Layers, Slides, or lightboxes

Ok, I need to explain what I want to do in real-world terms, instead of Storyline jargon, so you all understand what I am trying to achieve in the Storyline environment.

  1. Imagine you are creating five (5) collages.  
  2. Each collage has two elements on it.
  3. One is a picture & one is some text.
  4. You have two piles to pick from for your 5 collages.
  5. One is a pile of pictures and the other is a some text (this is literally text as in typed text not a picture of text).
  6. You have your first blank canvas before you and you randomly pick from the pictures pile (there are well over 120) and paste it on your canvas.
  7. Then you randomly pick from the torn book pages (over 200) and paste that below or to the side of your picture depending on the composition.
  8. You do this four more times creating five collages.

Okay, so I have created complicated number picker slides.  (I have been told that computers can't really create random numbers.)  I can number the pictures and text pieces.

I can create variables, triggers, and conditions to "go to" or "show" one of the pictures or one piece of text. BUT I can't then choose from the text pile or picture pile and paste it on the slide.  It either lightboxes over my text or picture, or jumps completely away from my text or picture, or, as in the case with layers, I would have to have over 200 text pieces layered five times for each of the compositions, as well as, an enormous amount of triggers with conditions.

Basically, I want my students to bring up a blank canvas (aka slide) randomly pick a picture from the stack, paste it on, then, randomly pick a text piece and paste it on the same slide.  (When I say paste, I mean show each element in the same space at the same time.)  This needs to happen five times.

Does anyone have any suggestions?

Robin King

6 Replies
Walt Hamilton

So in real world terms, I'm imagining doing this, and I picture myself in a before computers world. I picture my elem, (or HS, or college) students sitting down to a table with 120 pictures on it, and I wonder,"Who cut out all those pictures?" My answer is "Not me! I only have a semester for this class, not forever." I wonder how big a table I need, and how long it is going to take to choose from that many pictures. I might get those pictures and bits of text cut out if I had a  grad student that wasn't worth anything else, or a paid para that didn't have anything to do, but ultimately, I will get around to wondering if this much work is worth the value the students are going to get out of it.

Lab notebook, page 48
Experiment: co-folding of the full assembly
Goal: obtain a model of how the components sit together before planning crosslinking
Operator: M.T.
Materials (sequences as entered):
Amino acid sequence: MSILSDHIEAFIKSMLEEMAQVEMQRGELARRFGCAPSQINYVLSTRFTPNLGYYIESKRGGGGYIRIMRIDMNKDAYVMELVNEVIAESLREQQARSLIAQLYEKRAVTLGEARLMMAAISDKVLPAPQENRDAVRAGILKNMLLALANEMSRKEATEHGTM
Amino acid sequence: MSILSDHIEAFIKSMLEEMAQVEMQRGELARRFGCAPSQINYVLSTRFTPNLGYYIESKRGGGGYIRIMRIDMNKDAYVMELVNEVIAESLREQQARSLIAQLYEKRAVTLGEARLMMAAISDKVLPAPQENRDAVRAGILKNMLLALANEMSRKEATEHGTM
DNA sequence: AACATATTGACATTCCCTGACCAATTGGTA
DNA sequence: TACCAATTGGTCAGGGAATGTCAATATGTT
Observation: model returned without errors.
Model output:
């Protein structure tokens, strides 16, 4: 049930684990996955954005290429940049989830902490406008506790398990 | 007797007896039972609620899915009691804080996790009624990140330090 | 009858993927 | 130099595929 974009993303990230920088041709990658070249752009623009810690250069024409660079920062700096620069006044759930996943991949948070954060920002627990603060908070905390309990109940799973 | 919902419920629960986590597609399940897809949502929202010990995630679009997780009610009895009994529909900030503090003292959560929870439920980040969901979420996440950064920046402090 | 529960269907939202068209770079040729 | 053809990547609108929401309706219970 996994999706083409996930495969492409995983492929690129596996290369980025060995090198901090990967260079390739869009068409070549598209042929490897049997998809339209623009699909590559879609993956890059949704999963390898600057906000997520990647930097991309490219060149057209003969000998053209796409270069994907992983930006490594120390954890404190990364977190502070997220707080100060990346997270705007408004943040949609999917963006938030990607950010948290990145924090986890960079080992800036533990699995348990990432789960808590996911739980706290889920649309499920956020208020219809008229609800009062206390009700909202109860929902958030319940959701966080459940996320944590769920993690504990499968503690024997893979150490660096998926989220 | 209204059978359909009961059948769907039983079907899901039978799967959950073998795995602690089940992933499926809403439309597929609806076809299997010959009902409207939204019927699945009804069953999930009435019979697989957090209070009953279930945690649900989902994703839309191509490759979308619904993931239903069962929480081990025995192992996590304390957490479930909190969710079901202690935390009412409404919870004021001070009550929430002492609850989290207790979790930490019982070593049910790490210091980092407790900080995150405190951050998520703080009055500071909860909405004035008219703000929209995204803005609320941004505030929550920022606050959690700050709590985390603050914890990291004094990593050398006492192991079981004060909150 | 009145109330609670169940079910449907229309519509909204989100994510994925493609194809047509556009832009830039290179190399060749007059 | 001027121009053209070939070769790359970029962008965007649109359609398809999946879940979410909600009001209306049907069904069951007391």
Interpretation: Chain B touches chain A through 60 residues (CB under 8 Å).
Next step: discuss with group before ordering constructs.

And that's a valid question, whether you are doing this project with paper, or pixels. How much slide space do you have to commit to allow sorting through hundreds of pictures and bits of text? Is is going to be worth the resources it consumes?

Here's a proof of concept sample with seven options. It allows the choice of any combination of picture and text, but doesn't allow moving or rotating the choices. It allows the choices to be carried over to the next page. I guess its up to you whether you want to make the investment to finish it out.

I might consider five canvases but only by giving each one one-fifth of the choices. You could probably duplicate these two slides, and just change the pictures and text, and it might be doable.

Those are my suggestions.

Robin King

@Walt--I am sorry Walt, my example was hypothetical.  I was using it as an example to illustrate an experience I am trying to create.  I already have the pictures and text boxes created.  It is more like choose a card from this stack and choose a card from this stack and look at them and read the text.  Think of it this way.  You are given two stacks of playing cards and you are asked to pull one out from each stack and view them simultaneously.  I am trying to have the students pull from a finite stack of pictures and a finite stack of textboxes not by looking at each one.  Instead, I have created a random number generator of sorts where first they pick a number for each stack.  Each picture and text object has its own unique numbering system ie p1 or t1.  Then I want the picture object and text object they choose to appear in the same place (i.e. slide, layer, or lightbox) at the same time.  So, the students are picking numbers that correspond to picture and text objects, not actually shuffling through stacks of pictures and text to "paste" like an actual art project.  Basically, the dilemma is finding a way to have both pieces appear in the same place at the same time. 

Robin King

Walt, that is very cool.  I will definitely use it for my next coaching experience project.  You spent so much time on this.   It isn't quite the right fit for this one, but it is way cool.  I would repost it in the community, so other people see it.  I believe other people will want access to it, also.

Thanks very very much, Robin